Kansas City residents this weekend found in their stack of mail a campaign piece from advocates of a single terminal at KCI that makes a bold claim: “It’s time for more direct flights.”
The mail piece from the KC Transportation Transit and Tourism Committee follows a frequent refrain among promoters for a single terminal: A yes vote on Nov. 7 for the $1 billion project will lead to more direct and nonstop flights from Kansas City to the rest of the world.
“The new, single-terminal design will retain the convenience we love while adding more direct flights and better flight options,” the mailer reads.
The only ones who can make that promise and keep it are the airlines, and so far they have not committed to adding flights to and from KCI purely by virtue of a new terminal building.
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A senior director from Southwest Airlines acknowledged to The Star last week that the new terminal won’t necessarily lead to more flight options, but did allow that the current facility inhibits the airline’s growth at KCI.
“The facility actually limits our growth,” Steve Sisneros, senior director of airline affairs for Southwest Airlines, said in an interview. “Currently, there's no guarantee to what we may able to add.”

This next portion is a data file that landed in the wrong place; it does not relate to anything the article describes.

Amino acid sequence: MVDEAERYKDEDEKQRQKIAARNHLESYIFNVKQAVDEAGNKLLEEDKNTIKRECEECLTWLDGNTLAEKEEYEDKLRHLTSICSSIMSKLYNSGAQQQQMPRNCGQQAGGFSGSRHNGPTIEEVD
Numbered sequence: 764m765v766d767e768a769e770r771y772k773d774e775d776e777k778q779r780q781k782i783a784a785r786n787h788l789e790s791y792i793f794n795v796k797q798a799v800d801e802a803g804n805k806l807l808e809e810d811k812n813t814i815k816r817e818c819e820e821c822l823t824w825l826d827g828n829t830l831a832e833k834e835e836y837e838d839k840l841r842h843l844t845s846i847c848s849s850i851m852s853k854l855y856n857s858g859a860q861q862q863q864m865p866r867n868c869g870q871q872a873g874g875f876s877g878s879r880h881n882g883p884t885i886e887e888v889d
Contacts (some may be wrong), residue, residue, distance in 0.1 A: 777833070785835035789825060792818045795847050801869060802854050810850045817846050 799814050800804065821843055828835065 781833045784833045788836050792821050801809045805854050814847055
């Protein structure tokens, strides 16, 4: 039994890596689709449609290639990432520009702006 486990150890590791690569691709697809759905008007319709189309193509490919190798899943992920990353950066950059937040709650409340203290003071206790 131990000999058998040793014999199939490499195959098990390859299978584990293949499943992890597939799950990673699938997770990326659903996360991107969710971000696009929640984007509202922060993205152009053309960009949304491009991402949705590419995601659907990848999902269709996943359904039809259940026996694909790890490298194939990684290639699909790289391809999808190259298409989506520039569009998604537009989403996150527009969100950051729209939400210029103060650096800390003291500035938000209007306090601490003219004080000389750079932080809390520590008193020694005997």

Southwest Airlines is the dominant airline at KCI, accounting for roughly half of the commercial passenger traffic in and out of the airport.
Mark Nevins, a partner with the Dover Strategy Group leading the pro-KCI campaign, said that while he didn’t expect that airlines could guarantee more flight options with a new terminal, airlines have expressed an interest in routing more flights through Kansas City and that he was confident they would with a new terminal.
“The airlines want to put more direct flights into Kansas City,” Nevins said. “They're not going to come right out and guarantee it. If they have the opportunity, they will add more flights.”
Sisneros said Southwest Airlines has added more connecting flights at St. Louis-Lambert International Airport than Kansas City in recent years because the customer experience for passengers making connections through KCI is poor.
The mail piece listed endorsements for the new terminal — which voters will decide on Nov. 7 — by Kansas City Mayor Sly James and nine of the 12 members of the city council.
One of the names absent from endorsements was Scott Taylor.
Taylor said he supported the new terminal.
“I noticed I was not on the mailer,” Taylor said. “I have no idea, I was not asked one way or the other.”
Nevins said Taylor was one of two council members who voted against awarding the KCI contract to Edgemoor Infrastructure & Real Estate, which will develop the terminal if voters approve the project on Nov. 7.
Lee Barnes was the other no-vote. Barnes’ name was also not listed among the endorsements. Barnes has been critical of Edgemoor’s selection and has pushed the company to commit to women- and minority-owned business participation and a community benefits agreement in an eventual memorandum of understanding with the city.
“I was approached and I sent a message early saying that until we have an agreement and I'm satisfied that Edgemoor is going to be able satisfy the issues I had with the (memorandum of understanding), I was not going to publicly endorse the campaign,” Barnes said.
Heather Hall was also not listed among the endorsements. She could not immediately be reached for comment.